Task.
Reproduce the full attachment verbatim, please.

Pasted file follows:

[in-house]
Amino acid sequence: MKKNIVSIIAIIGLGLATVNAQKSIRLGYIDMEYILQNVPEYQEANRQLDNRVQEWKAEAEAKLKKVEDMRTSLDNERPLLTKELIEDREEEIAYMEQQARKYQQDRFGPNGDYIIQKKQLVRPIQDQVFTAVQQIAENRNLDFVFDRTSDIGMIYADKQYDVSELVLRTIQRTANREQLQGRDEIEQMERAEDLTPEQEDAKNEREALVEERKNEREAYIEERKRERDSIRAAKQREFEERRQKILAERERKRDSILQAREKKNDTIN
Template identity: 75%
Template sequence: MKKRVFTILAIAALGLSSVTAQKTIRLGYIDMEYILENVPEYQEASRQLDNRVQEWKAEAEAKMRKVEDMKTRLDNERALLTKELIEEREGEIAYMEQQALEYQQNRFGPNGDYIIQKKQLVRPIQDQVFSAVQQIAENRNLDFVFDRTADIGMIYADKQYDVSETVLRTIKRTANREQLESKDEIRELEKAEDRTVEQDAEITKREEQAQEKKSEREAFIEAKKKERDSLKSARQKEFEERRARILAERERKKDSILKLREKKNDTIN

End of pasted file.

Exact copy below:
[in-house]
Amino acid sequence: MKKNIVSIIAIIGLGLATVNAQKSIRLGYIDMEYILQNVPEYQEANRQLDNRVQEWKAEAEAKLKKVEDMRTSLDNERPLLTKELIEDREEEIAYMEQQARKYQQDRFGPNGDYIIQKKQLVRPIQDQVFTAVQQIAENRNLDFVFDRTSDIGMIYADKQYDVSELVLRTIQRTANREQLQGRDEIEQMERAEDLTPEQEDAKNEREALVEERKNEREAYIEERKRERDSIRAAKQREFEERRQKILAERERKRDSILQAREKKNDTIN
Template identity: 75%
Template sequence: MKKRVFTILAIAALGLSSVTAQKTIRLGYIDMEYILENVPEYQEASRQLDNRVQEWKAEAEAKMRKVEDMKTRLDNERALLTKELIEEREGEIAYMEQQALEYQQNRFGPNGDYIIQKKQLVRPIQDQVFSAVQQIAENRNLDFVFDRTADIGMIYADKQYDVSETVLRTIKRTANREQLESKDEIRELEKAEDRTVEQDAEITKREEQAQEKKSEREAFIEAKKKERDSLKSARQKEFEERRARILAERERKKDSILKLREKKNDTIN